On 29 July 1997 the Commission adopted, under Article 4(4) of Regulation No 258/97, Recommendation 97/618/EC concerning the scientific aspects and the presentation of information necessary to support applications for the placing on the market of novel foods and novel food ingredients and the preparation of initial assessment reports under Regulation No 258/97 (OJ 1997 L 253, p. 1). In Part I of the Annex to that recommendation, which sets out recommendations concerning the scientific aspects of information necessary to support applications for the placing on the market of novel foods and novel food ingredients, Section 3, point 3.3, headed Substantial equivalence, states: The concept of substantial equivalence has been introduced by WHO [the World Health Organisation] and OECD [the Organisation for Economic Cooperation and Development] with particular reference to foods produced by modern biotechnology. In the terminology of the OECD, the concept of substantial equivalence embodies the idea that existing organisms used as foods or as food sources can serve as a basis for comparison when assessing the safety of human consumption of a food or food component that has been modified or is new. If a new food or food component is found to be substantially equivalent to an existing food or food component, it can be treated in the same manner with respect to safety, keeping in mind that establishment of substantial equivalence is not a safety or nutritional assessment in itself, but an approach to compare a potential new food with its conventional counterpart.The application of the principle of substantial equivalence can be extended to the evaluation of foods from novel sources and processes. Substantially equivalent [novel foods and novel food ingredients] are thus comparable, in terms of safety, to their conventional counterpart. Substantial equivalence may be established either for the whole food or food component including the introduced new change, or it might be established for the food or food component except for the specific new change introduced. If a [novel food or novel food ingredient] has not been found to be substantially equivalent to an existing food or food component, this does not imply that it is unsafe. It just indicates that such a [novel food or novel food ingredient] should be evaluated on the basis of its unique composition and properties....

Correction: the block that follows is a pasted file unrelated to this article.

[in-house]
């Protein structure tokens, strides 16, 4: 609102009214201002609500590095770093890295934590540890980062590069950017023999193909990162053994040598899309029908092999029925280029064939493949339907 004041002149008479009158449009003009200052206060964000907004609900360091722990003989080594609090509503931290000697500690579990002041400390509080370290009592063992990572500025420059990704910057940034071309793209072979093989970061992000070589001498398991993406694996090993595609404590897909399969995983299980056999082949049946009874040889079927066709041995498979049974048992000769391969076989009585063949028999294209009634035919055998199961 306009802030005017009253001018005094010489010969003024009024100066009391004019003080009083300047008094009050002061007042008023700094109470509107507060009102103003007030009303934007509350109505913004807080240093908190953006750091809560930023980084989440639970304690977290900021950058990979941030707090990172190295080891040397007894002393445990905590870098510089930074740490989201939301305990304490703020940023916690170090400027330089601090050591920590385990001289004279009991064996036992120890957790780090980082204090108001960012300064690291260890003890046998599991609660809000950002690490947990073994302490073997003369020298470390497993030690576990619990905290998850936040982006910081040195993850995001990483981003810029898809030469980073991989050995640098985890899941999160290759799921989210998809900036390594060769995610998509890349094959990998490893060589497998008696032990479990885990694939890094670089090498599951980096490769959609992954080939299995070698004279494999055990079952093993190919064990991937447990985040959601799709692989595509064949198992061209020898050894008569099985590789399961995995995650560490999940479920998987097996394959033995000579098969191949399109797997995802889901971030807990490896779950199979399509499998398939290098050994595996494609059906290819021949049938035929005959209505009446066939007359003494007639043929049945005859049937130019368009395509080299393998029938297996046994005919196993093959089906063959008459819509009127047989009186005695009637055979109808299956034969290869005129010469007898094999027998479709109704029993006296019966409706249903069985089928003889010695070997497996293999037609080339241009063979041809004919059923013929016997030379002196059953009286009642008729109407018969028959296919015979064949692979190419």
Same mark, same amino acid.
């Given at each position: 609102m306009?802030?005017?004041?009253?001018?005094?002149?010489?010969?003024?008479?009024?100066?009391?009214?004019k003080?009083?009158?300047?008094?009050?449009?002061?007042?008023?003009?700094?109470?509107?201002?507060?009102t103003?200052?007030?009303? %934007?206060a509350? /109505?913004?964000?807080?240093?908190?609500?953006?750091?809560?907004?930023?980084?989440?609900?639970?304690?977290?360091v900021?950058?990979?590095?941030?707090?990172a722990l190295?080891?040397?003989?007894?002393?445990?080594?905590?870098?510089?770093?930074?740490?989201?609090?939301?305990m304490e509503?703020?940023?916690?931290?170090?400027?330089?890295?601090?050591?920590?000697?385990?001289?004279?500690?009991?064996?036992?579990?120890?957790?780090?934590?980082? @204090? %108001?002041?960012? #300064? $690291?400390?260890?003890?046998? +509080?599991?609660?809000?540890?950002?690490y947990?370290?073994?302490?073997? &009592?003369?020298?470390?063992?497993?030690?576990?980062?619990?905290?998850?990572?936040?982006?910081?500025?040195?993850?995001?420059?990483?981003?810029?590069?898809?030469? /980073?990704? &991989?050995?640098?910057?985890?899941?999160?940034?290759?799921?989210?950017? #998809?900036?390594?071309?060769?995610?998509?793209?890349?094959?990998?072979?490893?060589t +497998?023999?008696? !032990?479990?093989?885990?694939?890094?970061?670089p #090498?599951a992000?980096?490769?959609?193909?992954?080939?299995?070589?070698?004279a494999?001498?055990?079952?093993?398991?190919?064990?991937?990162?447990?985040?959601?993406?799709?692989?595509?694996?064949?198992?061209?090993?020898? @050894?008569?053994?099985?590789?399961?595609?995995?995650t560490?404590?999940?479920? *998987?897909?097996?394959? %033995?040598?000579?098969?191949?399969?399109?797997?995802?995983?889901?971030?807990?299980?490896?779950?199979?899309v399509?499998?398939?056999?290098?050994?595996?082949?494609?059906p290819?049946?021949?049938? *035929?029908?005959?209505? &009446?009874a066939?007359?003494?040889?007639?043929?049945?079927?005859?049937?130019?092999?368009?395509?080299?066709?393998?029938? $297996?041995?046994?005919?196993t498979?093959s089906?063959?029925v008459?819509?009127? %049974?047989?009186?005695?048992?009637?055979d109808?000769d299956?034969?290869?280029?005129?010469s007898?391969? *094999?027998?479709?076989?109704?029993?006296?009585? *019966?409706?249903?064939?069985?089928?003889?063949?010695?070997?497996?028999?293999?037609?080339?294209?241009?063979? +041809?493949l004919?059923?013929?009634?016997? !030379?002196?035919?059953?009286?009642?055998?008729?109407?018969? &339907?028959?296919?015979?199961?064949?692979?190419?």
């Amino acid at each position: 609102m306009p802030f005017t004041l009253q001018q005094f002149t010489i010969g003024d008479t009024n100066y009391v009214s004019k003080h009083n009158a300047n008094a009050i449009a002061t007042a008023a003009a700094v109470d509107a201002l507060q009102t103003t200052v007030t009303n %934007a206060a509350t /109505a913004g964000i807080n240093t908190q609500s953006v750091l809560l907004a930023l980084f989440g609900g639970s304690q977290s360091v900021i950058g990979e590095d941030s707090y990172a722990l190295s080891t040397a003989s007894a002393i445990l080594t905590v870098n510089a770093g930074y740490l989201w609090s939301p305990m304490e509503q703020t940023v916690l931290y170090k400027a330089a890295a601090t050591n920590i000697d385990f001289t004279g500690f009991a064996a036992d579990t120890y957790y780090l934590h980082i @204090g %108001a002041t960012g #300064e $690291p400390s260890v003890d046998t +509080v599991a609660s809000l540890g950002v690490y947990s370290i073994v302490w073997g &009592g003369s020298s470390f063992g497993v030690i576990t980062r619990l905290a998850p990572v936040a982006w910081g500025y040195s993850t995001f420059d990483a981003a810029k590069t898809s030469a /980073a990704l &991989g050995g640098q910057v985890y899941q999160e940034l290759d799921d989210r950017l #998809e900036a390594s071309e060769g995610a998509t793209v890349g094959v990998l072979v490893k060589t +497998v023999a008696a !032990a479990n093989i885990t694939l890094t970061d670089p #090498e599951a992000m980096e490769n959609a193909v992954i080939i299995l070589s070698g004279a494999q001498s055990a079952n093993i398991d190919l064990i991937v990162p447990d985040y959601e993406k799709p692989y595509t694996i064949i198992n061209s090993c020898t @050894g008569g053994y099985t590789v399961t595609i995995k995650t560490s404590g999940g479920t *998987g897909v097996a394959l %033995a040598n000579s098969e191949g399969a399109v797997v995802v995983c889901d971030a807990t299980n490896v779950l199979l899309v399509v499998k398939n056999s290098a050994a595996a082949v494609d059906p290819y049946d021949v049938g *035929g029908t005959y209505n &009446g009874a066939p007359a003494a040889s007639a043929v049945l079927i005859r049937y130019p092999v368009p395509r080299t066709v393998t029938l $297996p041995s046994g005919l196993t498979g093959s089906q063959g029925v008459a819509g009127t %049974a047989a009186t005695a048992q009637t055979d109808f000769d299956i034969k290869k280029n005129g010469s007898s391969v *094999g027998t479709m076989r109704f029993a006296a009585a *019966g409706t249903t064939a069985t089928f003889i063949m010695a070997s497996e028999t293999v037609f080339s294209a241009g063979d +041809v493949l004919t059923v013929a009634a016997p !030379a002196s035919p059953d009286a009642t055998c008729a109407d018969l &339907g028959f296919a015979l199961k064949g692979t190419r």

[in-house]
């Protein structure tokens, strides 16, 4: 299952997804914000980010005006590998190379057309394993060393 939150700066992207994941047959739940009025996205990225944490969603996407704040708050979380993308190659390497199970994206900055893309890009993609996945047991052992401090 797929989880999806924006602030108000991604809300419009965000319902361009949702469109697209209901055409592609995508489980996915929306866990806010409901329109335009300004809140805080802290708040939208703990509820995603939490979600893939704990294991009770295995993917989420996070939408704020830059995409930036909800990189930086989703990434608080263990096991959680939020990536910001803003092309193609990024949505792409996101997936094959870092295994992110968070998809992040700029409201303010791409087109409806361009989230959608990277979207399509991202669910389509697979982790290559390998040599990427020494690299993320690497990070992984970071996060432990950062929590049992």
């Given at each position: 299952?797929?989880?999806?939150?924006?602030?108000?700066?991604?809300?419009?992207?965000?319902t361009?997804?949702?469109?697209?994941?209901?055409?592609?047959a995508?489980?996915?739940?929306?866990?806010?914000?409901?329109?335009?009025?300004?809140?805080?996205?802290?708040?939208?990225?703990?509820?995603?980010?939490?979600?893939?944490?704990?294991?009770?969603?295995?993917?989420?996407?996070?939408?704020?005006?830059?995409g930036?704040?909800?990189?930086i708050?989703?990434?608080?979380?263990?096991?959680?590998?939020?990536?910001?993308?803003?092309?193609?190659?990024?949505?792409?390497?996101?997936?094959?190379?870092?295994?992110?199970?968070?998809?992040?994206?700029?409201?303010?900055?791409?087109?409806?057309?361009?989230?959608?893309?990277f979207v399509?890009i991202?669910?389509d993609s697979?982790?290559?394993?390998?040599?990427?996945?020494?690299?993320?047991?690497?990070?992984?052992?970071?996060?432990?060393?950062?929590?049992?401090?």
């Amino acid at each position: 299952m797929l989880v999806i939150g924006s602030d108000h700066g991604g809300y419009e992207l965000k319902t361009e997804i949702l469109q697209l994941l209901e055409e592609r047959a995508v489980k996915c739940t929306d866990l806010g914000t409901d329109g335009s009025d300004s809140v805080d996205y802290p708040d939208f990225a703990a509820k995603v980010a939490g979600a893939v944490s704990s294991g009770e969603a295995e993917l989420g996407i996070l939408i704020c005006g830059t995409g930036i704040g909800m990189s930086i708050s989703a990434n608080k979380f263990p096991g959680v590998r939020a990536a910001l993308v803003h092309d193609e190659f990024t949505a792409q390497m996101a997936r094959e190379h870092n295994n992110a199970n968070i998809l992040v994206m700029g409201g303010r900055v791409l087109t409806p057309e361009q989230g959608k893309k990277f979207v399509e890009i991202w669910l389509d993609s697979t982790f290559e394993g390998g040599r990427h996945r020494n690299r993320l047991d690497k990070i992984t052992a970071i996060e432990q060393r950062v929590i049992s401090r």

14